Riding a motorcycle allows you to maneuver through tight areas where other motor vehicles don’t fit. When you’re stuck in congested Orange County traffic, you may be tempted to ride between lanes of traffic to reach your destination faster.
This practice, known as lane splitting, is technically legal in California — but motorcyclists are split on whether it’s a good idea. Should you cut lane splitting from your riding habits altogether? Learn the details of the lane-splitting controversy and its role in motorcycle accidents.
What Is Lane Splitting on a Motorcycle?
California Vehicle Code 21658.1 defines lane splitting as operating a motorcycle between rows of moving or stopped traffic in the same lane. Because motorcycles are much smaller than passenger vehicles, they can often fit between rows of cars. Motorcyclists engage in lane splitting to move around slow-moving traffic or attempt to relieve congestion in busy motorways.
Lane splitting is distinct from lane filtering, which is the practice of riding a motorcycle between stopped vehicles, usually at an intersection. It is also different from lane sharing — the practice of two or more motorcyclists riding side-by-side in the same lane.
Is Lane Splitting Legal in California?
California is one of the only states where lane splitting is legal. There is no written law in the state prohibiting the practice of lane splitting.
In 2017, California released Vehicle Code 21685.1 to clearly define and recognize lane splitting. This code seeks to ensure that motorcyclists who lane split do so safely and that other motorists know how to watch out for lane-splitting motorcyclists.
Vehicle Code 21685.1 is not an actual lane-splitting law. Because California has no definitive lane-splitting laws, police could give you a citation for unsafely engaging in the practice.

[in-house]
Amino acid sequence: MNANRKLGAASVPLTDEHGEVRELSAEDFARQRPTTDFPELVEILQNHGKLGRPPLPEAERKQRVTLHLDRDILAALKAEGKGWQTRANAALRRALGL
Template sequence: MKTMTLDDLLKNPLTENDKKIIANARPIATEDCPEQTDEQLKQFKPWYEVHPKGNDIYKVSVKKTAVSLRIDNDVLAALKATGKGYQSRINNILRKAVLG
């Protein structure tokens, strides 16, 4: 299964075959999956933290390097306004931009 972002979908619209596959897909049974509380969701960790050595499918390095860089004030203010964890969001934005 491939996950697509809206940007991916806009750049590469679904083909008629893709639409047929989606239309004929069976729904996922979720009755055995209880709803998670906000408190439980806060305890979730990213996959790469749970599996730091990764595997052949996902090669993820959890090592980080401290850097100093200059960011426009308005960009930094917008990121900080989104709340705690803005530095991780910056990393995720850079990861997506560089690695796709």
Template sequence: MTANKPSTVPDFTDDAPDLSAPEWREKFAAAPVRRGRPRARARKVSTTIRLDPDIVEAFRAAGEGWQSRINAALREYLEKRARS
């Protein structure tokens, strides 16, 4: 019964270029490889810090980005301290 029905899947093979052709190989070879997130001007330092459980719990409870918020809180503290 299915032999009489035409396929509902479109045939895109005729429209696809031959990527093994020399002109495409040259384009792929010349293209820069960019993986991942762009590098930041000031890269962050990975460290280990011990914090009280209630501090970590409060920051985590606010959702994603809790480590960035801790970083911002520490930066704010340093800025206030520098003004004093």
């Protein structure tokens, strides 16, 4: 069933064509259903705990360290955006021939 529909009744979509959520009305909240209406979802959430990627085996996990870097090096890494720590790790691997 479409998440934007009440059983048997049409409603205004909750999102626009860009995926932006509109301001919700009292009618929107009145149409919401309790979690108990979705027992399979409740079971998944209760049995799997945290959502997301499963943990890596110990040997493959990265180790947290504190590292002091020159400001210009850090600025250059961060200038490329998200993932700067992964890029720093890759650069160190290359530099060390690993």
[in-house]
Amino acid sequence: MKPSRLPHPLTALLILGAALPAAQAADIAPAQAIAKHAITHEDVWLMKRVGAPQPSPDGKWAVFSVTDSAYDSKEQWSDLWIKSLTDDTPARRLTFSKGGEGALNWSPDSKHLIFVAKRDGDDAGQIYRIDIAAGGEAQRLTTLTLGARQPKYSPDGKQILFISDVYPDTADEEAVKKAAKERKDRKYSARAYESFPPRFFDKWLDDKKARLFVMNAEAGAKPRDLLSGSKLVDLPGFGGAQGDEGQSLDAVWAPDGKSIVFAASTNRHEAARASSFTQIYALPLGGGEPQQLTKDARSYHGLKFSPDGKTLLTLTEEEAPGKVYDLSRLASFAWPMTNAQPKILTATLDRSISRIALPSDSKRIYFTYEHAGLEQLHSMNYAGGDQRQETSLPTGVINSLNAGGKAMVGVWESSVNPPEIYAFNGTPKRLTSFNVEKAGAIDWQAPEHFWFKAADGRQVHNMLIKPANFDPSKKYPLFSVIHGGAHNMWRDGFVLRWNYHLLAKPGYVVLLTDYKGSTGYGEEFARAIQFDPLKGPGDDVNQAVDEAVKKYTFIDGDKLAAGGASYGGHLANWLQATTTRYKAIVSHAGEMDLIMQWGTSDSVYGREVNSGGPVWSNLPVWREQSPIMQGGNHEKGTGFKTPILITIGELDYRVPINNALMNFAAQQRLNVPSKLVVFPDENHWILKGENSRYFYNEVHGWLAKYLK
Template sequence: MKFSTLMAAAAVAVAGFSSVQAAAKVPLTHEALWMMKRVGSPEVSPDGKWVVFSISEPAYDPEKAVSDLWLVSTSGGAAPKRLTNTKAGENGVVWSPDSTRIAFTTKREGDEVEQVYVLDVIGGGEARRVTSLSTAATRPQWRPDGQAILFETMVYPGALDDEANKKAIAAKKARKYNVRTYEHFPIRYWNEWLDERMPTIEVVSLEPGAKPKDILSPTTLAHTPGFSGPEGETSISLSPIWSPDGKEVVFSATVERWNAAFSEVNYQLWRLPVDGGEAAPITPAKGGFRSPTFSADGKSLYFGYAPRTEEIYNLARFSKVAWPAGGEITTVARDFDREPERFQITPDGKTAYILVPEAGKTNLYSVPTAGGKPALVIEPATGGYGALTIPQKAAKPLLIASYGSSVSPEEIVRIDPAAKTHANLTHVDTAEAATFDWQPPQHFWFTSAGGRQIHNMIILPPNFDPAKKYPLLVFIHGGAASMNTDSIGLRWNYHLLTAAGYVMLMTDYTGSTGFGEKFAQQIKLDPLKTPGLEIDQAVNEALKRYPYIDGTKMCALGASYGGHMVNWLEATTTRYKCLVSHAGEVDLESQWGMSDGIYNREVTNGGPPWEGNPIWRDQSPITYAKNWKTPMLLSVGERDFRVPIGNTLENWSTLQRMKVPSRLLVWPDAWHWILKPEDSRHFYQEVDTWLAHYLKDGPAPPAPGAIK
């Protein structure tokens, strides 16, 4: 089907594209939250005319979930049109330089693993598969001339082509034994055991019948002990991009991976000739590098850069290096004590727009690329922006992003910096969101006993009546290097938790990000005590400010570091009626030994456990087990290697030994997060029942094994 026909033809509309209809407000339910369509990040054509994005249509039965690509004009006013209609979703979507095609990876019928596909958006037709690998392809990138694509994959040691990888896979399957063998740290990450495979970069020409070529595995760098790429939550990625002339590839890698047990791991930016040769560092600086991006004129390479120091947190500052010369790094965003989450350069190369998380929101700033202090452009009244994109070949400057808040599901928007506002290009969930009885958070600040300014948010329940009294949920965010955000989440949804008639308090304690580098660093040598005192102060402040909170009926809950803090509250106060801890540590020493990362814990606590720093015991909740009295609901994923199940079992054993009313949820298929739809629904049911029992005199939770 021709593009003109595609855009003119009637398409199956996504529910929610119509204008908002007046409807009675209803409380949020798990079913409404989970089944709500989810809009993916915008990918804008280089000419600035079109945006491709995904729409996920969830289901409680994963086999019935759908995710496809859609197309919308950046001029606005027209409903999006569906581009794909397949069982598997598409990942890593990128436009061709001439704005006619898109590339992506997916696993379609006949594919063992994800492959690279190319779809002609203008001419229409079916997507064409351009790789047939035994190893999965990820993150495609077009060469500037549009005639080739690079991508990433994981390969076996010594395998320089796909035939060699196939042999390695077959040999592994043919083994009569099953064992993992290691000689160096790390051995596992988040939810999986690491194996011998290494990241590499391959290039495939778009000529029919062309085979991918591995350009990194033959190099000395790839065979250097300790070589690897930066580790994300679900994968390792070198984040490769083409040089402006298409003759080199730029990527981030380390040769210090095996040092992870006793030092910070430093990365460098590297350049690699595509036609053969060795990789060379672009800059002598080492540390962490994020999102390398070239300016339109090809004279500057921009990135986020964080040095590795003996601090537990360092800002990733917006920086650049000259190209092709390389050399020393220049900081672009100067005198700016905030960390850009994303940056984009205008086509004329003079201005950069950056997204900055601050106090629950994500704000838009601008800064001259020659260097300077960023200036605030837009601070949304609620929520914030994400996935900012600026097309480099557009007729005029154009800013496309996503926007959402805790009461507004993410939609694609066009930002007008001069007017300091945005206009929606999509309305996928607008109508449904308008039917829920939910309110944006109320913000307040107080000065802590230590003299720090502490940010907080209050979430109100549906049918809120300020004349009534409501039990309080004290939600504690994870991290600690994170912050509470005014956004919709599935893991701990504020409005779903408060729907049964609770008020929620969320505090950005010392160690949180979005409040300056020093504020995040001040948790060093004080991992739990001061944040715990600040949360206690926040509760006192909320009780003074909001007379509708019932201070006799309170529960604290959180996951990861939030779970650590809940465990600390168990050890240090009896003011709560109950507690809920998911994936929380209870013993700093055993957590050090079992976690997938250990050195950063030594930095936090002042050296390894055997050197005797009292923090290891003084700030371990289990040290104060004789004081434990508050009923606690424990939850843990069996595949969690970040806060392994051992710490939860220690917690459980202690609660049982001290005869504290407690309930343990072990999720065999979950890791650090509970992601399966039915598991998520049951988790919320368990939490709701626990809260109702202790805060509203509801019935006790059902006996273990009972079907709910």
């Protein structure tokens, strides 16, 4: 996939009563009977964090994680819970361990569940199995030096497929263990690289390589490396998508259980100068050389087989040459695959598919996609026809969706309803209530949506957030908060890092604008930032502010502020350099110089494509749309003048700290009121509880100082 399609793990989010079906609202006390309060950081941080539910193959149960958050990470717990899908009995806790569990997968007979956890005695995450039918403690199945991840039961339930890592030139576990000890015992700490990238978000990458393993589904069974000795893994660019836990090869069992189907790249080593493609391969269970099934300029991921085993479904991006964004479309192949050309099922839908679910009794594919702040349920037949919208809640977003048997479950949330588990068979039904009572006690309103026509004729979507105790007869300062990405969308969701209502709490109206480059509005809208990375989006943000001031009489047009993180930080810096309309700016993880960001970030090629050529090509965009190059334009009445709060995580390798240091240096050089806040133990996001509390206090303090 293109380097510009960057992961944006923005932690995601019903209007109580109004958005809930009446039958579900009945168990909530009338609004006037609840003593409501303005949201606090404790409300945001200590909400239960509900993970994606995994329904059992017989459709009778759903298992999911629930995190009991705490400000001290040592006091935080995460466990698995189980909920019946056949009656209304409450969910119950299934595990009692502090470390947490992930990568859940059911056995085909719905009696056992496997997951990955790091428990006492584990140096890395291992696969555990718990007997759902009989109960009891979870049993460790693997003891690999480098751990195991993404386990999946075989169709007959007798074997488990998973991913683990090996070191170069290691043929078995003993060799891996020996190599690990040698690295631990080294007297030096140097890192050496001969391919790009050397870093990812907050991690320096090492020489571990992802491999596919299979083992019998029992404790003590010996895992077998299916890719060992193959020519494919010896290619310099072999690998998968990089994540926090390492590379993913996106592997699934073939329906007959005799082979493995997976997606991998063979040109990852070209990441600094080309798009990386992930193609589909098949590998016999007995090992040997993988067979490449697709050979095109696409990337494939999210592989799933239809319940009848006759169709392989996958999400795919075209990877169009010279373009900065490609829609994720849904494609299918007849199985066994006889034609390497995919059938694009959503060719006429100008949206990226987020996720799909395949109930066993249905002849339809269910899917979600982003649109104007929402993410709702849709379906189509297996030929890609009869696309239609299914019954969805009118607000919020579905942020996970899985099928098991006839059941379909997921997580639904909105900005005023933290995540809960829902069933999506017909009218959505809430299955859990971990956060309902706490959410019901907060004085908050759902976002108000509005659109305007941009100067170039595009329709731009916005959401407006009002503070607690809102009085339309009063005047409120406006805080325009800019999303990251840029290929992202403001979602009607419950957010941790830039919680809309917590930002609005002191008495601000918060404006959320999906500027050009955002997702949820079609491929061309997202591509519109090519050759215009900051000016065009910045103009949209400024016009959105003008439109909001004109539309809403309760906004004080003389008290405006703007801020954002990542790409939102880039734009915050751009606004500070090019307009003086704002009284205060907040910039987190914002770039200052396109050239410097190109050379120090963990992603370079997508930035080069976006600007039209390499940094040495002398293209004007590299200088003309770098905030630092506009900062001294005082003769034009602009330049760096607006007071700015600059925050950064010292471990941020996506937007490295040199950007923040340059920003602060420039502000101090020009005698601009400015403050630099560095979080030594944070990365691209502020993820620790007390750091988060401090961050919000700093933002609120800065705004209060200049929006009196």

The Safety Controversy of Lane Splitting
Thirty states expressly prohibit lane splitting and lane filtering, and California is currently the only state where the practice is legally recognized. Why have other states prohibited this practice?
The lane-splitting controversy has divided the motorcycle world. Some argue that lane splitting actually makes congested traffic safer for motorcyclists, while others maintain that the practice is too risky. As a California motorcyclist, you can make the decision for yourself whether or not to participate in lane splitting.
Advantages of Lane Splitting
A study from U.C. Berkeley found that lane splitting can improve rider safety in some cases. This study reviewed 6,000 motorcycle collisions, including almost a thousand where riders were lane-splitting at the time of the crash. Significant findings from this study include:
- Lane-splitting motorcyclists were significantly less likely to experience rear-end collisions than non-lane-splitting riders.
- Lane-splitting riders were less likely to suffer head injuries, torso injuries, and fatal injuries in motorcycle crashes than non-lane-splitting motorcyclists.
Motorcyclists are prone to rear-end collisions in congested traffic. Drivers often stop and go suddenly in slow-moving traffic, and they sometimes do not see motorcyclists in front of them until it’s too late. Proponents of lane splitting argue that the practice protects motorcyclists from rear-end accidents.